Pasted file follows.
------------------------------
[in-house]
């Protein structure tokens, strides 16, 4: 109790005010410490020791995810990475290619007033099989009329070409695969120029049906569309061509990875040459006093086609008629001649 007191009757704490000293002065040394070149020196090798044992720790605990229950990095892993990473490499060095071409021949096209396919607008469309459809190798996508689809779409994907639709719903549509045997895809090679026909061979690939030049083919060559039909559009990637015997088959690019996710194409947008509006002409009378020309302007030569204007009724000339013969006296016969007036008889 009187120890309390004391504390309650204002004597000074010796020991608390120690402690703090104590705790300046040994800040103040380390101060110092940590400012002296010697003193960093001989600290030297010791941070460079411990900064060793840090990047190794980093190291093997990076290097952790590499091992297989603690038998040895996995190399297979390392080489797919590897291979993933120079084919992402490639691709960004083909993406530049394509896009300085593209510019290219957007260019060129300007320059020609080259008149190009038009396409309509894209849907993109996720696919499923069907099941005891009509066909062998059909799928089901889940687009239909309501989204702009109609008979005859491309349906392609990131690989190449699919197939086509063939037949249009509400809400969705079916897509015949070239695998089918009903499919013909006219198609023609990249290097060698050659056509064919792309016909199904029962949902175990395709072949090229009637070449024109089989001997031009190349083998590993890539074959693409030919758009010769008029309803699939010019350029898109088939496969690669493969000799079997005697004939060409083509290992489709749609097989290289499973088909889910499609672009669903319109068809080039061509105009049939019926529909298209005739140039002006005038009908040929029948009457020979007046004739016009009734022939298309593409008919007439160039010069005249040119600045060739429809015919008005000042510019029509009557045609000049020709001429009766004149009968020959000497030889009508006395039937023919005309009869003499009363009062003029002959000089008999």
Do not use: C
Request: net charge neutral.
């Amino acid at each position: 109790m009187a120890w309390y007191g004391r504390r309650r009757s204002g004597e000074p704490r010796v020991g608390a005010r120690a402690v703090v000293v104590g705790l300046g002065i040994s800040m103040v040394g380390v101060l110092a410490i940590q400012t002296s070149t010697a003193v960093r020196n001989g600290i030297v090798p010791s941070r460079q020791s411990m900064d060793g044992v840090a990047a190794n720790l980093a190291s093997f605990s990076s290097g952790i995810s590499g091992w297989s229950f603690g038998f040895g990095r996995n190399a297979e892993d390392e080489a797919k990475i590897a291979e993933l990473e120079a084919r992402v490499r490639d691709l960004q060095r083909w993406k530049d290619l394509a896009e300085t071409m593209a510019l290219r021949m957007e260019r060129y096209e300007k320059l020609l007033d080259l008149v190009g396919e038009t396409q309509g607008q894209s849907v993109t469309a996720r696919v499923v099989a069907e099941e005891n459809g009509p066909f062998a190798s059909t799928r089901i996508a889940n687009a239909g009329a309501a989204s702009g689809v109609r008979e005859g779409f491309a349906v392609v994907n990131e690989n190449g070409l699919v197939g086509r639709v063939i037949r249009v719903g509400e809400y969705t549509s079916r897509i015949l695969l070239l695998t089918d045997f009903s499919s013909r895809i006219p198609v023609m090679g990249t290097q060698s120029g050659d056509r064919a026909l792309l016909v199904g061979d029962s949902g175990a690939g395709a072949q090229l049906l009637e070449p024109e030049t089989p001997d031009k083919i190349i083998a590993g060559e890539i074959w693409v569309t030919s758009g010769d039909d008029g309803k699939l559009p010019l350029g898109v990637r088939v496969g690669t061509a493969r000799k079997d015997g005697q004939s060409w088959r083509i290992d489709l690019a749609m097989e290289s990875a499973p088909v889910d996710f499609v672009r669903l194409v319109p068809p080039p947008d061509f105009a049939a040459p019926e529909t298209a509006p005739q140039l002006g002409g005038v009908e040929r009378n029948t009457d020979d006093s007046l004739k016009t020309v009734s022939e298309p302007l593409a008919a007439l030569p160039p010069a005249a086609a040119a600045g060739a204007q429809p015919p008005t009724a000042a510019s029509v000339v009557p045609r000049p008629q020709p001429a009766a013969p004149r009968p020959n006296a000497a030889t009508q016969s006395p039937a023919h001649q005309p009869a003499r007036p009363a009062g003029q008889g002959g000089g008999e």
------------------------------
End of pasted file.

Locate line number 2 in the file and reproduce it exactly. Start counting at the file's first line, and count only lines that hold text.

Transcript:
């Protein structure tokens, strides 16, 4: 109790005010410490020791995810990475290619007033099989009329070409695969120029049906569309061509990875040459006093086609008629001649 007191009757704490000293002065040394070149020196090798044992720790605990229950990095892993990473490499060095071409021949096209396919607008469309459809190798996508689809779409994907639709719903549509045997895809090679026909061979690939030049083919060559039909559009990637015997088959690019996710194409947008509006002409009378020309302007030569204007009724000339013969006296016969007036008889 009187120890309390004391504390309650204002004597000074010796020991608390120690402690703090104590705790300046040994800040103040380390101060110092940590400012002296010697003193960093001989600290030297010791941070460079411990900064060793840090990047190794980093190291093997990076290097952790590499091992297989603690038998040895996995190399297979390392080489797919590897291979993933120079084919992402490639691709960004083909993406530049394509896009300085593209510019290219957007260019060129300007320059020609080259008149190009038009396409309509894209849907993109996720696919499923069907099941005891009509066909062998059909799928089901889940687009239909309501989204702009109609008979005859491309349906392609990131690989190449699919197939086509063939037949249009509400809400969705079916897509015949070239695998089918009903499919013909006219198609023609990249290097060698050659056509064919792309016909199904029962949902175990395709072949090229009637070449024109089989001997031009190349083998590993890539074959693409030919758009010769008029309803699939010019350029898109088939496969690669493969000799079997005697004939060409083509290992489709749609097989290289499973088909889910499609672009669903319109068809080039061509105009049939019926529909298209005739140039002006005038009908040929029948009457020979007046004739016009009734022939298309593409008919007439160039010069005249040119600045060739429809015919008005000042510019029509009557045609000049020709001429009766004149009968020959000497030889009508006395039937023919005309009869003499009363009062003029002959000089008999």